U.S. Markets open in 27 mins

Gold Demand Stays Strong in China

Meera Shawn

Precious Metals Fell Again after Day of Recovery

(Continued from Prior Part)

Hoarding behavior

Money managers and hedge funds are increasingly becoming bearish on gold. With the curb in ETF investments for the past few weeks, the overall market seems to be cutting its long positions held in precious metals. China, however, appears to be mesmerized by the slide in precious metal prices, as it keeps increasing its holdings in gold.

After the $5 billion stock market collapse in China, investors fled to gold. Even a third straight annual decline in prices has failed to make gold lusterless in China. In September, after the surprise devaluation of China’s currency, China imported the most gold in 19 months from Hong Kong. It seems that China is hoarding the metal in order to become the next superpower, backing its currency with gold.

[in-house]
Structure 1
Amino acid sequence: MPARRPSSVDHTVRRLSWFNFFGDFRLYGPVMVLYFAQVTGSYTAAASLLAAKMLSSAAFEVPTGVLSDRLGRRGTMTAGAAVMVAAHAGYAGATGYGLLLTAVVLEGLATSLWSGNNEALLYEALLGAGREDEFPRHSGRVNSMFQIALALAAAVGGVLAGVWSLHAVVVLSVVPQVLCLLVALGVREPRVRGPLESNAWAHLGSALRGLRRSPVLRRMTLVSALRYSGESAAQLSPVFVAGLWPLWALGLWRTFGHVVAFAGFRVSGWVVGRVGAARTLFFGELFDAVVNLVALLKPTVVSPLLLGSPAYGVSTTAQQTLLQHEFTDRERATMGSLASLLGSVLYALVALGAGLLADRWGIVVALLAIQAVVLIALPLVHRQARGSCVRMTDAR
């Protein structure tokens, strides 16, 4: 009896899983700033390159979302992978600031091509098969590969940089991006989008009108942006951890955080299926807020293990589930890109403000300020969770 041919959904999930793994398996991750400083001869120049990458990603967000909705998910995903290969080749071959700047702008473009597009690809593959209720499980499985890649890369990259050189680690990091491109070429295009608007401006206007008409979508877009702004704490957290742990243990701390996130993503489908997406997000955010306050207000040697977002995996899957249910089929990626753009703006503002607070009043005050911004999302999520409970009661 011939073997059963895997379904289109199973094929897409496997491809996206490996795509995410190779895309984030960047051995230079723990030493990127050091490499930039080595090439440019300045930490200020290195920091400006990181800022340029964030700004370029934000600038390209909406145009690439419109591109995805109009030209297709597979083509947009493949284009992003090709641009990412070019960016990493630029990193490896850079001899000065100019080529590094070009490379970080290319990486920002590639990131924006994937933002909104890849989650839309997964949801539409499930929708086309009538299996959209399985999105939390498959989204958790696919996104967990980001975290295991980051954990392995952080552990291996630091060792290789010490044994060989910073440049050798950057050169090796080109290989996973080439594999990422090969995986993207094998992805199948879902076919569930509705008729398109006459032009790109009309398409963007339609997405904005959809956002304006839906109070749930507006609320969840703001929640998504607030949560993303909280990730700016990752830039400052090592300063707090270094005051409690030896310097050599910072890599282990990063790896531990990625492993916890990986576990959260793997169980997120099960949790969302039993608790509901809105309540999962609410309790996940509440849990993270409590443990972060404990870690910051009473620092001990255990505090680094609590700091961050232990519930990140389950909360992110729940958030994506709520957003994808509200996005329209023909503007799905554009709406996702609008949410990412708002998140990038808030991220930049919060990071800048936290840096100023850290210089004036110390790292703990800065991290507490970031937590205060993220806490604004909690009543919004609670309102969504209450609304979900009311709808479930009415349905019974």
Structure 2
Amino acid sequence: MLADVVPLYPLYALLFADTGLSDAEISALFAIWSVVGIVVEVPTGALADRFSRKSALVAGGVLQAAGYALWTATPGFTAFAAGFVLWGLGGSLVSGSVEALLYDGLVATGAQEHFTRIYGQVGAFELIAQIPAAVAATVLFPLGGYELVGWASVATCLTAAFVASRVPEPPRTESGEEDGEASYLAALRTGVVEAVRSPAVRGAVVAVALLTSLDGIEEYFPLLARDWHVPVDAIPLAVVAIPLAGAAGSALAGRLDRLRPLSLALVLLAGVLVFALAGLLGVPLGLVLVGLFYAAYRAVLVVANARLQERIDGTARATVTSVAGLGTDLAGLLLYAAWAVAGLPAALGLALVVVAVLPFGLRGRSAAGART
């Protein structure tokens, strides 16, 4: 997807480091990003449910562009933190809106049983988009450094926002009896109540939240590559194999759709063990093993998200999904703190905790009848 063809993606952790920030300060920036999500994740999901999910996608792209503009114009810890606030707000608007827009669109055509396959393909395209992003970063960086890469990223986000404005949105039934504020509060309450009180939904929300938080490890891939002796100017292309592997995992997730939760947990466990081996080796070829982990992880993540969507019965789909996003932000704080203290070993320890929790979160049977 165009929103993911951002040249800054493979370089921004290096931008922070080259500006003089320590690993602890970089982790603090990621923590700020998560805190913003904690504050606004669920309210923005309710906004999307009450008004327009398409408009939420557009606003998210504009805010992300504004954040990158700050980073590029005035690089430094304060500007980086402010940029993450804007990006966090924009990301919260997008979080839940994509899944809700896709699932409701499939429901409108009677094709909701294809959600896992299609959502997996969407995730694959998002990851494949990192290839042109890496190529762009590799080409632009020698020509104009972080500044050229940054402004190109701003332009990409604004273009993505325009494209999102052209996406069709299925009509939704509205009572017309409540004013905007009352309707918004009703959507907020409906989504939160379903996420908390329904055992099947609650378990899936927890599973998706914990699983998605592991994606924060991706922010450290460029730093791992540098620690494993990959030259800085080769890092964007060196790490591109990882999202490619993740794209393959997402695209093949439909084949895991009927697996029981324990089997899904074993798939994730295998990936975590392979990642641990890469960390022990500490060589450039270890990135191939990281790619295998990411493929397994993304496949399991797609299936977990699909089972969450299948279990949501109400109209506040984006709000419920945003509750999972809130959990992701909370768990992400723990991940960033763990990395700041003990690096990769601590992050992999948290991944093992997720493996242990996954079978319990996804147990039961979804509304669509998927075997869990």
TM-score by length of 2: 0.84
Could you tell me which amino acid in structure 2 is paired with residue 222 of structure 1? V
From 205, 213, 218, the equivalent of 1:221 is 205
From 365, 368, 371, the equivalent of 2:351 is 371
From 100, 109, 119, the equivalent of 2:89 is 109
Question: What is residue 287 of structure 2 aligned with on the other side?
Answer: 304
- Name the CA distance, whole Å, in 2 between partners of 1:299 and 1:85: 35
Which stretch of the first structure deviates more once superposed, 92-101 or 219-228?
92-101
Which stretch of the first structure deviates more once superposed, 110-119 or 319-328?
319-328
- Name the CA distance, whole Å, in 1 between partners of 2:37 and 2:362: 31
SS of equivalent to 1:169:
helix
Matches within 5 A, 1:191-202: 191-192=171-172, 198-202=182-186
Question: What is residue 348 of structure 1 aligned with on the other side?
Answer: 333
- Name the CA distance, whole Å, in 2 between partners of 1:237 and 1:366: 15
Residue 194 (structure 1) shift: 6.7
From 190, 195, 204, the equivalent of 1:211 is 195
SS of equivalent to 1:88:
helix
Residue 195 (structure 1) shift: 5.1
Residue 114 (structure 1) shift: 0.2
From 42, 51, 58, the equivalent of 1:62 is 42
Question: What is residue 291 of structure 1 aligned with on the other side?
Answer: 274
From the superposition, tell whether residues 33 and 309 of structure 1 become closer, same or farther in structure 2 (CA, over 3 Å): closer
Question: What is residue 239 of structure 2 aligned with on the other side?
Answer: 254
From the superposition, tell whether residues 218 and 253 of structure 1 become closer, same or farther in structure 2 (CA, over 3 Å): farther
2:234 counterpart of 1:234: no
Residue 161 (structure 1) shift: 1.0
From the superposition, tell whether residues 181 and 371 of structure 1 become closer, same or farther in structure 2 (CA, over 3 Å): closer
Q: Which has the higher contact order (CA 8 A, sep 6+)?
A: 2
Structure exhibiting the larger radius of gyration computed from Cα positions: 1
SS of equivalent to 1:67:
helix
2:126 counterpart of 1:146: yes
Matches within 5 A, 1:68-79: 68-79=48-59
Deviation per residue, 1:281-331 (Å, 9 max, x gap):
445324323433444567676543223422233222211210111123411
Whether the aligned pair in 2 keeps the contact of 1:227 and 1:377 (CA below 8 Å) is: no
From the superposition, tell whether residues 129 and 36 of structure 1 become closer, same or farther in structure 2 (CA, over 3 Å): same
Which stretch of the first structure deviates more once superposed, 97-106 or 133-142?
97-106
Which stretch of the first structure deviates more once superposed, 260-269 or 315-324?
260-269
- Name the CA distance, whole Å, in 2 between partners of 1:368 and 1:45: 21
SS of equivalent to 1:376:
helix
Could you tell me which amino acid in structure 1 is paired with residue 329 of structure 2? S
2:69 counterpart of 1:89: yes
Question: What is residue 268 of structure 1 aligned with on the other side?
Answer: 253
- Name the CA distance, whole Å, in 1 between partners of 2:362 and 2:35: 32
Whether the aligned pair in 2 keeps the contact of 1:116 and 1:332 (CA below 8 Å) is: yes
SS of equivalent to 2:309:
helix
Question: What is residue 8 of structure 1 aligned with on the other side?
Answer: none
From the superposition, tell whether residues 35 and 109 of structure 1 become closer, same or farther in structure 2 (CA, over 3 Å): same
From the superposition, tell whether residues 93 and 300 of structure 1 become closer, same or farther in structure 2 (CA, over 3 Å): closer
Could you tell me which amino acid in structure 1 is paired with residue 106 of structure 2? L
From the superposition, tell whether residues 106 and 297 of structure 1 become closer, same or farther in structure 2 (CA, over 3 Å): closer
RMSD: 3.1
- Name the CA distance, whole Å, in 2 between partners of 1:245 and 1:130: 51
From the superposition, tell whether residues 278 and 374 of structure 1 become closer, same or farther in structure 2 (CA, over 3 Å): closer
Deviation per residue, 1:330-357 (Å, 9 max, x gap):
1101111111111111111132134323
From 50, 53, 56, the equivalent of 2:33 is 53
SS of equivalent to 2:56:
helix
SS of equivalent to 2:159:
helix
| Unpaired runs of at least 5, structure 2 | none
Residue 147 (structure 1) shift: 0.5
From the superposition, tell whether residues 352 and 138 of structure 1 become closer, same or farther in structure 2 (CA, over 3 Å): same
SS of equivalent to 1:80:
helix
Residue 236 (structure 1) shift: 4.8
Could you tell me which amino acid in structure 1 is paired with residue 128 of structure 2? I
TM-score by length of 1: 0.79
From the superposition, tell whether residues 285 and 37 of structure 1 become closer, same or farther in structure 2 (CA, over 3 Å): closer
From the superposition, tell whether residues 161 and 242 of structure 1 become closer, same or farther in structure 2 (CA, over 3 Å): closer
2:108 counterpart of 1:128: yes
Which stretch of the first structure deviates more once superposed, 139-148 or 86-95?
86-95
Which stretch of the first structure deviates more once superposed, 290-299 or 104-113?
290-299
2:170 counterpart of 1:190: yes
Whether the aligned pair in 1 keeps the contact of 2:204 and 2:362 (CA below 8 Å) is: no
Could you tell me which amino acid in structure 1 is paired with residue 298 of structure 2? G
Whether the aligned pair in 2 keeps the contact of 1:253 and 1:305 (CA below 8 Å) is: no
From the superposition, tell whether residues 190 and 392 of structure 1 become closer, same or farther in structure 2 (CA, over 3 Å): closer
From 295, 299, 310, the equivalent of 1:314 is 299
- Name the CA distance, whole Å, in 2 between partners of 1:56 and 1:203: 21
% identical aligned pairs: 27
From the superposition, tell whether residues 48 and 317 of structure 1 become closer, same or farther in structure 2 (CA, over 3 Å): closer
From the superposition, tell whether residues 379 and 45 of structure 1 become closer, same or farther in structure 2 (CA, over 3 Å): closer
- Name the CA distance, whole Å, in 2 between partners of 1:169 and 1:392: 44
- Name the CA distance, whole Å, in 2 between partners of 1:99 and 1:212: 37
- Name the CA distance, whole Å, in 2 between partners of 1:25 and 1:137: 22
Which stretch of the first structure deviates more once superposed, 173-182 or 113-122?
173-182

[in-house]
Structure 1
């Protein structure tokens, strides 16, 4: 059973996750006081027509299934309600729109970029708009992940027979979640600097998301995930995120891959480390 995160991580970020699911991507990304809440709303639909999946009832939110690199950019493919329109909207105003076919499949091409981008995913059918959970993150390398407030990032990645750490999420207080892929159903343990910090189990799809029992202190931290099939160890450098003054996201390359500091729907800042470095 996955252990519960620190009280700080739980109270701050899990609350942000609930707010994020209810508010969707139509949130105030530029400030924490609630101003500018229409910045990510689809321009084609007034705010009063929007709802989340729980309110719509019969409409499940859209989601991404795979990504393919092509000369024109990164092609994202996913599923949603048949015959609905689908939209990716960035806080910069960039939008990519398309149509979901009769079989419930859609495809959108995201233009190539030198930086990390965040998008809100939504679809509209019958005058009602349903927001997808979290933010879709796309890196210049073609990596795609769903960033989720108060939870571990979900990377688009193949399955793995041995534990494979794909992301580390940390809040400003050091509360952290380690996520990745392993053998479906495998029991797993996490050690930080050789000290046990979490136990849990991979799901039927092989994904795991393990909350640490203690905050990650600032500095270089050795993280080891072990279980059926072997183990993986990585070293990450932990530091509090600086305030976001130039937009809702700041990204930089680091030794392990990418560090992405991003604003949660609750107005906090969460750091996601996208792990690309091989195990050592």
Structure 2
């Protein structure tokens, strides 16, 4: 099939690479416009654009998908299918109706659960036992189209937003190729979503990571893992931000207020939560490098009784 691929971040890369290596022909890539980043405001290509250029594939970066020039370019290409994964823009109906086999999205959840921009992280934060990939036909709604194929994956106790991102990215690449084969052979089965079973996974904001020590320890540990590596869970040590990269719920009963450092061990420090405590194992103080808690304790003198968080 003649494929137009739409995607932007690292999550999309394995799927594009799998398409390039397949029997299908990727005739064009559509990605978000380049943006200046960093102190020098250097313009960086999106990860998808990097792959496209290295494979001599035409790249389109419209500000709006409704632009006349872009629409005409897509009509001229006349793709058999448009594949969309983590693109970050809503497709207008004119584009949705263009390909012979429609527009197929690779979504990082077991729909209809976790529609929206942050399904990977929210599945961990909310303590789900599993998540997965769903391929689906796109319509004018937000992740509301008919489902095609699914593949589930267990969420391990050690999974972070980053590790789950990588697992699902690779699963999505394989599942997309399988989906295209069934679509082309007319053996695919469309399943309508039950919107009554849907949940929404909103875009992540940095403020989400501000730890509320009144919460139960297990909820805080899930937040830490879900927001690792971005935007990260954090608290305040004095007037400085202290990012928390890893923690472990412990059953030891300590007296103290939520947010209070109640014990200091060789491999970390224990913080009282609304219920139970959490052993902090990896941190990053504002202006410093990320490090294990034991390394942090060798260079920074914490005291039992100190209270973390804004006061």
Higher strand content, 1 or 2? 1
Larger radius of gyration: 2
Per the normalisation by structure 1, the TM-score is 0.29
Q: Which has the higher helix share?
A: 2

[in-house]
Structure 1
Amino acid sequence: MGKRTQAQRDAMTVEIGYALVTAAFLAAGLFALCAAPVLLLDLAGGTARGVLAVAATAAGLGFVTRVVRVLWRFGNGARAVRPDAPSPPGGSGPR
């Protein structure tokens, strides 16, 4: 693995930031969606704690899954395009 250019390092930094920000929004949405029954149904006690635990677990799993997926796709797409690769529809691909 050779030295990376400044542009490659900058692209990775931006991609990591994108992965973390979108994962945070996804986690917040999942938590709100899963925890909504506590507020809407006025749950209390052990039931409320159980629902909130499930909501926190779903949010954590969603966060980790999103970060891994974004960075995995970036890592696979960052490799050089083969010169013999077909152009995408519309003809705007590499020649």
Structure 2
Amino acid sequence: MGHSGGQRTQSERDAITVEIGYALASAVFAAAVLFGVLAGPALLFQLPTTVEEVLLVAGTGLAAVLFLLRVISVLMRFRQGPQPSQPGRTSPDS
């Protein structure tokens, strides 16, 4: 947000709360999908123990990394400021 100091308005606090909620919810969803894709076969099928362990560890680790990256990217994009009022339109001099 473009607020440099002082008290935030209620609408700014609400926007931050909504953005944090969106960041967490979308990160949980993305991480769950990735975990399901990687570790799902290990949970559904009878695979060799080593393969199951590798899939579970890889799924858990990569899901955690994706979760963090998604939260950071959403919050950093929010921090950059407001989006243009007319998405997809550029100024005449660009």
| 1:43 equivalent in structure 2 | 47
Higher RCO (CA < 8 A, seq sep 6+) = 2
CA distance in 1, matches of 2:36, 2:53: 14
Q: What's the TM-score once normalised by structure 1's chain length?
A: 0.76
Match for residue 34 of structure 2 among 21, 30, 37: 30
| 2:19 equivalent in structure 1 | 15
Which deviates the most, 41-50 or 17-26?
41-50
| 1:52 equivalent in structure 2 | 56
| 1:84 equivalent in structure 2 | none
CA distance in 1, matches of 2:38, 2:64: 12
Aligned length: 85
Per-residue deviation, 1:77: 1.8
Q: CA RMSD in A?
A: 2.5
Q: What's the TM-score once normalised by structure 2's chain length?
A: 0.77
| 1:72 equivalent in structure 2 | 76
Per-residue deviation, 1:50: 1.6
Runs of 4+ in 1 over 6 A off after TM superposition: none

ETF flows

The demand for gold in China could reach about 1,000 metric tons for 2015, which is close to the prediction in India. Which one of these will emerge, then, as the gold buying leader? Gold futures have fallen 8.7% on a 30-day trailing basis. The fall has affected hedge funds, which withdrew their money from exchange-traded products such as the iShares Silver Trust (SLV) and the SPDR Gold Shares ETF (GLD). However, the physical demands still stay active in the Asian markets.

Gold mining companies such as GoldCorp (GG), New Gold (NGD), and AuRico Gold (AUQ) fell 2.9%, 8.1%, and 2.8%, respectively, on Friday, November 20, 2015, due to precious metals slipping further. These three companies contribute 10.5% to the Market Vectors Gold Miners ETF (GDX). GDX fell 4.1% on Friday, November 20.

Browse this series on Market Realist: